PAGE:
This haiku… it’s sad, and isolating, and heavily reminds me of a girl who was desperate for any scrap of love that she would stay in a situation that wasn’t good for her and prevented her from spreading her wings and being who she really is. It takes me back to when I was in high school, and I was involved with a boy at the time who was very…reserved, we’ll say, with his affections. I can so vividly place myself in my senior year of high school, waiting around at home for him to text or call or snap or just reach out to me outside of a school setting, and I would greedily hold onto the moments where he would say he loved me because they were so few and far between. Heartbreaking, and real. Skylyr Choe, Fall 2023


wearing your sweatpants
to feel the warmth
that once was you

Maddie Alger (7)


whistling wind 
a feeling 
I can't escape 

Elly Hermanson

This one reminded me of the newest Puss In Boots movie where he's getting chased by Death itself, and anytime Death shows up everything seems to quiet down and all you hear is the whistling coming from all directions. Sean House, Fall 2023


baby powder on her back
doing my part
to help out


first one to rehearsal 
the light stands alone 
in the dark

Cami Jones (4)


walk onto a elevator 
full of people 
I sort of know 

Cami Jones (7)

This haiku reminds me of any time I’ve been on the Shilling elevator. I always find myself taking the elevator with a similar group of people, who I don’t really know, but see a couple times a week. I start to learn their faces and names even, but never truly get to know them. I think this haiku does a great job of describing this common experience. Hannah Smith, Fall 2023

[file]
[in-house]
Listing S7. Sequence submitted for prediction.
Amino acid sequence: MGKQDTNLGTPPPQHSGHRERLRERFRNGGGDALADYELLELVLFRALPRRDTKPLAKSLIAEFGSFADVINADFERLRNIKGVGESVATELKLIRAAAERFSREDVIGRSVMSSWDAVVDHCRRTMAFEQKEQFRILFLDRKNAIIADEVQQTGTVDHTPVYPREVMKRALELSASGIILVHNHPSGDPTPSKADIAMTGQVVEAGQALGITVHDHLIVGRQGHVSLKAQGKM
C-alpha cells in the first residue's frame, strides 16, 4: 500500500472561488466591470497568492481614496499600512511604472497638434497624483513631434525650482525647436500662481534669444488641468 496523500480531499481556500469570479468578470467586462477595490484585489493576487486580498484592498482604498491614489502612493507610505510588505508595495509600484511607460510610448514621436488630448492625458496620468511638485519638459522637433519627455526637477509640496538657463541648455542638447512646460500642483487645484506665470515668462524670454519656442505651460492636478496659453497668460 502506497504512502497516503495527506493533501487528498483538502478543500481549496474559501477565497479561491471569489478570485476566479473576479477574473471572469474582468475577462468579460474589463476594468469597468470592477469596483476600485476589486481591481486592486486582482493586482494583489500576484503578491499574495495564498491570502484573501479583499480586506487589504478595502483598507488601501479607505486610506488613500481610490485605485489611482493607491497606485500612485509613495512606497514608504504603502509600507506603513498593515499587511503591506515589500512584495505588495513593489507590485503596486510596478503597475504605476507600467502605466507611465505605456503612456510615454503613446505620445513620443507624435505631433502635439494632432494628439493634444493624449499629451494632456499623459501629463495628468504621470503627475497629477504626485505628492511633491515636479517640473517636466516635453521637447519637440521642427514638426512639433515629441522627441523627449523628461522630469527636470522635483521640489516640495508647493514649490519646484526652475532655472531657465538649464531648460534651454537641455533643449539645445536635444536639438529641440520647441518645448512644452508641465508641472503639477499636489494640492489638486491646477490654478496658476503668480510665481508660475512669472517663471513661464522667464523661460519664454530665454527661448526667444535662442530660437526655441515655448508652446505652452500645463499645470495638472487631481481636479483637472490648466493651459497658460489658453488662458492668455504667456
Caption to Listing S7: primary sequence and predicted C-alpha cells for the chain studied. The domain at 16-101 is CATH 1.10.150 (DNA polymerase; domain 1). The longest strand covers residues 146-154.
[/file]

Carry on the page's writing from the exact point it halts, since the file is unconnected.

a very crowded room
I must take up 
no space

Cami Jones (7)

This haiku highlights the female experience. As women we are taught to not stand out throughout our childhood and this idea is carried on into college and early adulthood. Society is trying to grow away from the idea of women having to be meek and quiet in social settings, but sometimes it is honestly easier as a woman to not contradict that idea. It seems silly to try not to take up any space in an already crowded room, but it makes sense when you add in the context of the speaker. Maddie Alger, Fall 2023


tearing me apart 
text I read  

Elly Hermanson

This haiku is so simple yet so heartbreaking. I think that the wording is very well thought out and gives you an exact picture of what is happening. I can imagine some type of fight between a couple undolfing. The disasters that can come with young love. Kailyn Coates, Fall 2023